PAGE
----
High Yield is on the verge of signaling that credit markets could be become increasingly concerned about risk.
3) Quantitative Tightening (QT)
Lastly we have QT. QT is the inverse of QE known as Quantitative Easing. After the collapse in 2008, the Fed and the ECB went on a series of actions (QE) whereby the Fed bought huge amounts of Treasury bonds in an effort to lower interest rates making stocks, treasuries, real estate etc… more attractive. In doing so, they created huge wealth for those who owned risk- oriented assets. However, the downside is that the Fed now owns a huge inventory of bonds and other securities and they have mandated that they must now begin selling oﬀ their inventory to “reduce their balance sheet”.
The liquidation on the open market by the Fed and the ECB is known as QT or Quantitative Tightening. When a central bank sells a security on the open market, the buyer is giving cash to the Fed in exchange for the security. On a mass scale, this reduces the amount of cash or USD in the system.
The primary driving force in the stock market is the ebb and flow of cash in our economy, otherwise known as liquidity. When cash is coming into the system, it makes its way into the markets and drives prices higher. The inverse is also true but we’ve never actually experienced QT before. It could be a disaster on its own. But combined with rising short term interest rates, it could be lethal to the buy-and-hold long term investor.
I’ve shown many charts that show the deterioration of the markets in the U.S. and abroad. In June, the Fed was selling off $30 billion in inventory a month and look at how much damage that created.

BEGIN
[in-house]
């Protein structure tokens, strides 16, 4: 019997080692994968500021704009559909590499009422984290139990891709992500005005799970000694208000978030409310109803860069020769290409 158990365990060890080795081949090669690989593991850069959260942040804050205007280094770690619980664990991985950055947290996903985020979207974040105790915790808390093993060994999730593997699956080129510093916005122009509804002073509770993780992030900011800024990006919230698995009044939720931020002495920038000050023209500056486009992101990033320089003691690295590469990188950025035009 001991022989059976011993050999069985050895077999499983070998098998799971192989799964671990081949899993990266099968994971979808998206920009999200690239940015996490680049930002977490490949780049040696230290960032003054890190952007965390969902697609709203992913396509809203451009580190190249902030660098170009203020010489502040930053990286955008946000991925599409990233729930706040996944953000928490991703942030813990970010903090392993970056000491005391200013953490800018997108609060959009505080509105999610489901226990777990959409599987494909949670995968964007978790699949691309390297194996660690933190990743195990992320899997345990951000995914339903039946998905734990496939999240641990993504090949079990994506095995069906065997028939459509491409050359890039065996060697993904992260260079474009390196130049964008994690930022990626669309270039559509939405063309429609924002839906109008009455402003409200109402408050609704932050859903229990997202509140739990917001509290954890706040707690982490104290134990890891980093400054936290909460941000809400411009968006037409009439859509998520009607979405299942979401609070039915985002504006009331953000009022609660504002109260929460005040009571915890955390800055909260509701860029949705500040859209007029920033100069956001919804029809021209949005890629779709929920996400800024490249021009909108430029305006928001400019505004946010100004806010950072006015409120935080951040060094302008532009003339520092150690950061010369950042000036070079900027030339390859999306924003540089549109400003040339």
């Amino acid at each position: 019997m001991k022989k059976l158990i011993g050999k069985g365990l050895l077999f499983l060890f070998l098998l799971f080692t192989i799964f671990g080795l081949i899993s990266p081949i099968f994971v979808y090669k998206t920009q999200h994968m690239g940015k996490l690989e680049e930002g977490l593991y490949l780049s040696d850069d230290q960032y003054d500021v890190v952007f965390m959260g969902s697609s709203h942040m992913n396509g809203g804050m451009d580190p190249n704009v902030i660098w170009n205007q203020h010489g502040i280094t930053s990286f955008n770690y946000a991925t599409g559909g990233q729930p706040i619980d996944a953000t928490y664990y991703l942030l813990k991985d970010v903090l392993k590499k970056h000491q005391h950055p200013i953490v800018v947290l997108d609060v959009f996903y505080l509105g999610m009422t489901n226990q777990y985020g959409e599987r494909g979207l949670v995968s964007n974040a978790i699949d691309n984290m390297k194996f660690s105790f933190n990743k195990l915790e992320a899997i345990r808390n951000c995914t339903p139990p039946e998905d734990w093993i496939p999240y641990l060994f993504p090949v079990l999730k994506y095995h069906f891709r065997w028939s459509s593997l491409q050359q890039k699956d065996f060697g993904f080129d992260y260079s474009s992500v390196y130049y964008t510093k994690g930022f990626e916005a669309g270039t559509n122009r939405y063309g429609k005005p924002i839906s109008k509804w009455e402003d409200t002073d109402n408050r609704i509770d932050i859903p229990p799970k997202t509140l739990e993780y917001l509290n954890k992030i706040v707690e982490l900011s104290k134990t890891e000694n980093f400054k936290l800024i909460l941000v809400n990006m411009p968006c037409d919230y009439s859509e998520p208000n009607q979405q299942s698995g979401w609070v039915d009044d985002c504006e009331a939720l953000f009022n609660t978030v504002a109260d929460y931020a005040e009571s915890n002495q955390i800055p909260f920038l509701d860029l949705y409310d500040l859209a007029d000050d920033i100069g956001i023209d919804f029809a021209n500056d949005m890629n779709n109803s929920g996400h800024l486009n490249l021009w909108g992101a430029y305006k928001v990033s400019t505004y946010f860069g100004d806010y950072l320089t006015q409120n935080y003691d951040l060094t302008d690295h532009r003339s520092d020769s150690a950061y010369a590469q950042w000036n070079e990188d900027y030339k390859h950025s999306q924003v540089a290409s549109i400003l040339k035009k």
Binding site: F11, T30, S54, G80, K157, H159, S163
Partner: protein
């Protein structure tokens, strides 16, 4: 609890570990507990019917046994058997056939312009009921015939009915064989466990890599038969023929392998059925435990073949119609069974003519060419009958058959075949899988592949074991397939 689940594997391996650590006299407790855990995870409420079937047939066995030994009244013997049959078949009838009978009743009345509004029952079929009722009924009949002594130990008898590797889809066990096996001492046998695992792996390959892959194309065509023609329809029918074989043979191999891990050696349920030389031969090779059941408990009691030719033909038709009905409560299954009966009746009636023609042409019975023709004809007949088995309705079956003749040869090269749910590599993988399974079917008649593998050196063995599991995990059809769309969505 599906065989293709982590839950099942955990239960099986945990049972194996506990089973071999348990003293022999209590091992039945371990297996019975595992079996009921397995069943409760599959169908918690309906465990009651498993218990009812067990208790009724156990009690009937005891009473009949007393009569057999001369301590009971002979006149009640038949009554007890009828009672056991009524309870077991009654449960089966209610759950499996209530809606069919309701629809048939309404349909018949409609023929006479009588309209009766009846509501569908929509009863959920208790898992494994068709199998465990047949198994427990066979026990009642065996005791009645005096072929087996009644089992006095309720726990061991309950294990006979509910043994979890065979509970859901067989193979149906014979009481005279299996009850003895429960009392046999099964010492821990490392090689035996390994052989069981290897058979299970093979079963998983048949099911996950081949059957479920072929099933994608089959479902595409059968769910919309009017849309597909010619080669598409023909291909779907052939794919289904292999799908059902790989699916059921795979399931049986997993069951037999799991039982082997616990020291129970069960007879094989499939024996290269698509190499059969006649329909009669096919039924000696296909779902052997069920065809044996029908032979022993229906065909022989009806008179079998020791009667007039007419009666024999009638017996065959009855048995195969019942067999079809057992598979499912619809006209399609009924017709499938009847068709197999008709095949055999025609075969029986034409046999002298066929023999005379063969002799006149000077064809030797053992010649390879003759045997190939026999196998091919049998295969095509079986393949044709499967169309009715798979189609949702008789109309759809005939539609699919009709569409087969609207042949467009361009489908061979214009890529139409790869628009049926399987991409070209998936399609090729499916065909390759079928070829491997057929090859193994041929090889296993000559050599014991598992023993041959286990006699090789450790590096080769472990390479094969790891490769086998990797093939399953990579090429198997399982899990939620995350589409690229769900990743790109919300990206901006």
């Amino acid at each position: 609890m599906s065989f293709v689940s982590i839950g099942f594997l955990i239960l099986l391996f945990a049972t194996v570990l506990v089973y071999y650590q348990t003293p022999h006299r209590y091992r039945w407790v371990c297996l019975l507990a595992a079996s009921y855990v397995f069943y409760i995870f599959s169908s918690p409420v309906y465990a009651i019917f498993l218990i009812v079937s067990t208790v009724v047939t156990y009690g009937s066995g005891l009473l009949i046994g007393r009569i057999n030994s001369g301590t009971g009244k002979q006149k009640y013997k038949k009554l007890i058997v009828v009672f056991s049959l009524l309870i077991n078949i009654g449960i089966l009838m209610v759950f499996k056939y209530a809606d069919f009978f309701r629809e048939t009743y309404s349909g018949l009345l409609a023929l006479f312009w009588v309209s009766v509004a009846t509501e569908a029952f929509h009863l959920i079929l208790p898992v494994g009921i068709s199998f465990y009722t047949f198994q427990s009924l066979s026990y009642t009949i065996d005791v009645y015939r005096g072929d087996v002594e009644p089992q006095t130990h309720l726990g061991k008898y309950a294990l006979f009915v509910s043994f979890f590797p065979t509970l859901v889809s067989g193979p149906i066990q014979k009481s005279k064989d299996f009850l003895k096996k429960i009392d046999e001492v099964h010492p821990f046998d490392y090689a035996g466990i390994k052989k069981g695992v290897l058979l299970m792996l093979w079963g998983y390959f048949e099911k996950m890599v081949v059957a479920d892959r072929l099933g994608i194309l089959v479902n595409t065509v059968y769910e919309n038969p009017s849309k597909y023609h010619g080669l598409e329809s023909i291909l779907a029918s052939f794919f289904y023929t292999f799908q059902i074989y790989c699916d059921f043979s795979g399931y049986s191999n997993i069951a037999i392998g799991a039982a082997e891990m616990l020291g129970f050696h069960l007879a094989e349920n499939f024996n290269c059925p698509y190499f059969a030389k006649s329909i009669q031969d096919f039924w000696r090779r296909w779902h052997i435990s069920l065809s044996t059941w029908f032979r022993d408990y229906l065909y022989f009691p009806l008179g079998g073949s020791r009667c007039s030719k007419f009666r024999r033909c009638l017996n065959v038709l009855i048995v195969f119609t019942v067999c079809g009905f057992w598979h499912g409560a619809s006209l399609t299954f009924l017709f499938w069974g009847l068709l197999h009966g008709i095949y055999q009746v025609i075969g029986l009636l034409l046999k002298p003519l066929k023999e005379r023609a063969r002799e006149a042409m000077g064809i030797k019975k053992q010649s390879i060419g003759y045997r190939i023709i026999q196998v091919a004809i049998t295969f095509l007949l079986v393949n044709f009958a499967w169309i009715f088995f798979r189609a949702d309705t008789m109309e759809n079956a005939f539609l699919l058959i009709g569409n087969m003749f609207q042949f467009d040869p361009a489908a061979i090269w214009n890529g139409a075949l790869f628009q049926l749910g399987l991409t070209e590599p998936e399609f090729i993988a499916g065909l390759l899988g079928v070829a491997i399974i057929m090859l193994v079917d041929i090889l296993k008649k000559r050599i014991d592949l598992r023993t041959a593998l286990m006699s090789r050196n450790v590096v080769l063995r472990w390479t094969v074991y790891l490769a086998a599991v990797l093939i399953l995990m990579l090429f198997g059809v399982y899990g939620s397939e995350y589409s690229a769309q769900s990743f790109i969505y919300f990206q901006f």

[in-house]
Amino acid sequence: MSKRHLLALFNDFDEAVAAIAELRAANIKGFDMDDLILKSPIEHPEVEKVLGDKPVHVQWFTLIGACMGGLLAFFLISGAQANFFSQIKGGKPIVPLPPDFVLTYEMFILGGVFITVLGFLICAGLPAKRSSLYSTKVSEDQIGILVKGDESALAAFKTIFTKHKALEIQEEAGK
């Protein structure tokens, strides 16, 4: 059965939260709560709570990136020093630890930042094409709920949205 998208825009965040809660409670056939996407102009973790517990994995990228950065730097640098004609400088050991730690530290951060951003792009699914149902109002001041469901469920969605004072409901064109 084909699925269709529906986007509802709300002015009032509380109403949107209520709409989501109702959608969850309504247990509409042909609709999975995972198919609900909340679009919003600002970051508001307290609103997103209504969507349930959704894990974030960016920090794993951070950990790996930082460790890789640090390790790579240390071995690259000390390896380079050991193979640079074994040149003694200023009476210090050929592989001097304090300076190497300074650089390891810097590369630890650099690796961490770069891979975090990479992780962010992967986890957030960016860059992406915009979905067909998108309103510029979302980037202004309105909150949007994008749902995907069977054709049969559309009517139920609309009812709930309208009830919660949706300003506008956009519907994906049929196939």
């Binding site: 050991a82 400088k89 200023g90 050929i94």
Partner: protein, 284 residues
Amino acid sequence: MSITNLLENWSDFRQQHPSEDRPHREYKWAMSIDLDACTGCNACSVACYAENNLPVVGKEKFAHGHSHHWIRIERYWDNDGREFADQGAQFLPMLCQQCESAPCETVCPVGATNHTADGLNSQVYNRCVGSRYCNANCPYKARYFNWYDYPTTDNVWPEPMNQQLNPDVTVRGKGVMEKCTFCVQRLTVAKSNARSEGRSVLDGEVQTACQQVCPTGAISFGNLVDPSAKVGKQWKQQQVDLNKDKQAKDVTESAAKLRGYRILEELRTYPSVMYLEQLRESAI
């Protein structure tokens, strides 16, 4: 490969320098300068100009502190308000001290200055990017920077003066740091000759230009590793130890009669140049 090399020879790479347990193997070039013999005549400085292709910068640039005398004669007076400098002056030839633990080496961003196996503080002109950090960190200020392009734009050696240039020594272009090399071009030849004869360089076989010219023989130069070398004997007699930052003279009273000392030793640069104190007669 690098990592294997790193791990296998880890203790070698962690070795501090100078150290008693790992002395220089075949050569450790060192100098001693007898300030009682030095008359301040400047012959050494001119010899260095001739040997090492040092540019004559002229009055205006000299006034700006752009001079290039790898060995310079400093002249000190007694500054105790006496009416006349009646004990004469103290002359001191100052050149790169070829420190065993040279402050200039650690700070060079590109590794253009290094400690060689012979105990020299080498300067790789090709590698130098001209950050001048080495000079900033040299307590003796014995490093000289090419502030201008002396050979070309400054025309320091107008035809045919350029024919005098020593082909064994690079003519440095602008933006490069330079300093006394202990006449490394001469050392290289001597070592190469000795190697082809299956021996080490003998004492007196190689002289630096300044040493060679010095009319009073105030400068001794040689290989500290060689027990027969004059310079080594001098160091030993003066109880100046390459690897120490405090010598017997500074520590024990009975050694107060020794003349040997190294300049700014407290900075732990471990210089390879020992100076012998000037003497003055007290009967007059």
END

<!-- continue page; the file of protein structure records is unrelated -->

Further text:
Come this month (July), the Fed and the ECB will both be enacting QT. The Fed is scheduled to raise the amount of liquidation from $30 billion a month to $50 billion.
I believe the Fed’s attempt to normalize interest rates is failing. My guess is that, at some point, the Fed will stop but the question is how much further damage will be done before they signal a white ﬂag.
In the past two weeks, I’ve reduced our clients’ risk exposure greatly by adding inverse exchanged traded funds and adding Treasury bonds. Treasury bond prices should rally quite nicely if the Fed continues on its course of action as money moves to safety.
Should there be further weakness in the S&P 500, I’d like to add inverse ETF’s based on the SP 500 as well. A break below 2670 would potentially signal a much further decline ahead.
If you’re a new investor or have capital you’d like to add, this could be an opportunity for you, especially if we have a steep decline and the Fed backs off from rate hikes.
What else could happen? The Chairman of the Fed is Jerome Powell and he will be under intense pressure to stop their present course. Pressure is not surprisingly coming from the White House as well as the Fed is a threat to kill the Presidents economic agenda.
If Powell signals that the Fed is done with raising rates then a move to 3000 in the S&P 500 and a sharp sell oﬀ in long term treasury bonds is not impossible. Stay tuned. But my guess is there will be considerable damage done first.
Powell was appointed by Trump and it’s my understanding he can be fired as well. A firing would be considered a major positive event for risk markets.
Time will tell and this period will pass as well. It’s a time to be very cautious and hedged against risk.
We are positioned to protect our client accounts and beneﬁt if a major decline occurs.
The irony of all of this is I didn’t even mention Trade Wars. But they’re easy to win so it’s all good.
Adapt, Evolve and Prosper
One of the constant questions I ask myself is “Where are we in the business cycle? And, how much time does it have left?” Employment and GDP growth look great now and, as humans with a positive attitude, we’re inclined to think the good news will continue indefinitely. But the problem we have at this late stage in the cycle is the Federal Reserve will soon be raising rates to the point where they will be generating a great deal of pain to the economy. As sure as the sun will rise in the morning, the Fed will push the economy into recession.